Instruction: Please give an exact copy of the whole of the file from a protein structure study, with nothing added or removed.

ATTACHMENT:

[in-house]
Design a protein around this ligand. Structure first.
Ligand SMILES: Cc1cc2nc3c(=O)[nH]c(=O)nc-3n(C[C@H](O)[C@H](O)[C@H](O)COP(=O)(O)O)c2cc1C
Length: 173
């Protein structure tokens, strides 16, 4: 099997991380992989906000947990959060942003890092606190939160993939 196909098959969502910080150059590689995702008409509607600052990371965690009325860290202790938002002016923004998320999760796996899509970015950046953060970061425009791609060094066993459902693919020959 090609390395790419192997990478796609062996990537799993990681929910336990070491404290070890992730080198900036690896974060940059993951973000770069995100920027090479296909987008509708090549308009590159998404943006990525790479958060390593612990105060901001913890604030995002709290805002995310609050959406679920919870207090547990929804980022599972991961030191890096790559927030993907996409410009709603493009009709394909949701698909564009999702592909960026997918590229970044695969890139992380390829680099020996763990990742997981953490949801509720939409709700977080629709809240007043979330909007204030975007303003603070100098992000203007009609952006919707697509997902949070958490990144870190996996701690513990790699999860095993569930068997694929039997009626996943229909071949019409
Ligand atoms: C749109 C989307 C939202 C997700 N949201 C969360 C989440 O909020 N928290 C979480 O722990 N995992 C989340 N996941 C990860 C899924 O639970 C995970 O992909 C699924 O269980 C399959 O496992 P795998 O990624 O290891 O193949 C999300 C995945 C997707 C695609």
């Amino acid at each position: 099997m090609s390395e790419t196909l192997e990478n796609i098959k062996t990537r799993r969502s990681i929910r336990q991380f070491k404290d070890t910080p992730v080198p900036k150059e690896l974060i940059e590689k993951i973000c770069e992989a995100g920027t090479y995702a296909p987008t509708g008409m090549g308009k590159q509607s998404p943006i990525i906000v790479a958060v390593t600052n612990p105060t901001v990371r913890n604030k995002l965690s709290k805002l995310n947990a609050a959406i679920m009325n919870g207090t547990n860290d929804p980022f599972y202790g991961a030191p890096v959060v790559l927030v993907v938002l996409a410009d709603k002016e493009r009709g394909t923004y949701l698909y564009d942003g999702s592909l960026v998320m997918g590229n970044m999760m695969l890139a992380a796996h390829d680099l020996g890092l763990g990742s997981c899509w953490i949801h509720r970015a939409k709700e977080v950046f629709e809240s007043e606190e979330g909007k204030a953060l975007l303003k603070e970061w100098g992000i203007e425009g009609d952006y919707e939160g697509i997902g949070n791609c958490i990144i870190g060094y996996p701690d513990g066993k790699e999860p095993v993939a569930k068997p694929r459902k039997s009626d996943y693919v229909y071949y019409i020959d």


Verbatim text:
[in-house]
Design a protein around this ligand. Structure first.
Ligand SMILES: Cc1cc2nc3c(=O)[nH]c(=O)nc-3n(C[C@H](O)[C@H](O)[C@H](O)COP(=O)(O)O)c2cc1C
Length: 173
């Protein structure tokens, strides 16, 4: 099997991380992989906000947990959060942003890092606190939160993939 196909098959969502910080150059590689995702008409509607600052990371965690009325860290202790938002002016923004998320999760796996899509970015950046953060970061425009791609060094066993459902693919020959 090609390395790419192997990478796609062996990537799993990681929910336990070491404290070890992730080198900036690896974060940059993951973000770069995100920027090479296909987008509708090549308009590159998404943006990525790479958060390593612990105060901001913890604030995002709290805002995310609050959406679920919870207090547990929804980022599972991961030191890096790559927030993907996409410009709603493009009709394909949701698909564009999702592909960026997918590229970044695969890139992380390829680099020996763990990742997981953490949801509720939409709700977080629709809240007043979330909007204030975007303003603070100098992000203007009609952006919707697509997902949070958490990144870190996996701690513990790699999860095993569930068997694929039997009626996943229909071949019409
Ligand atoms: C749109 C989307 C939202 C997700 N949201 C969360 C989440 O909020 N928290 C979480 O722990 N995992 C989340 N996941 C990860 C899924 O639970 C995970 O992909 C699924 O269980 C399959 O496992 P795998 O990624 O290891 O193949 C999300 C995945 C997707 C695609």
């Amino acid at each position: 099997m090609s390395e790419t196909l192997e990478n796609i098959k062996t990537r799993r969502s990681i929910r336990q991380f070491k404290d070890t910080p992730v080198p900036k150059e690896l974060i940059e590689k993951i973000c770069e992989a995100g920027t090479y995702a296909p987008t509708g008409m090549g308009k590159q509607s998404p943006i990525i906000v790479a958060v390593t600052n612990p105060t901001v990371r913890n604030k995002l965690s709290k805002l995310n947990a609050a959406i679920m009325n919870g207090t547990n860290d929804p980022f599972y202790g991961a030191p890096v959060v790559l927030v993907v938002l996409a410009d709603k002016e493009r009709g394909t923004y949701l698909y564009d942003g999702s592909l960026v998320m997918g590229n970044m999760m695969l890139a992380a796996h390829d680099l020996g890092l763990g990742s997981c899509w953490i949801h509720r970015a939409k709700e977080v950046f629709e809240s007043e606190e979330g909007k204030a953060l975007l303003k603070e970061w100098g992000i203007e425009g009609d952006y919707e939160g697509i997902g949070n791609c958490i990144i870190g060094y996996p701690d513990g066993k790699e999860p095993v993939a569930k068997p694929r459902k039997s009626d996943y693919v229909y071949y019409i020959d």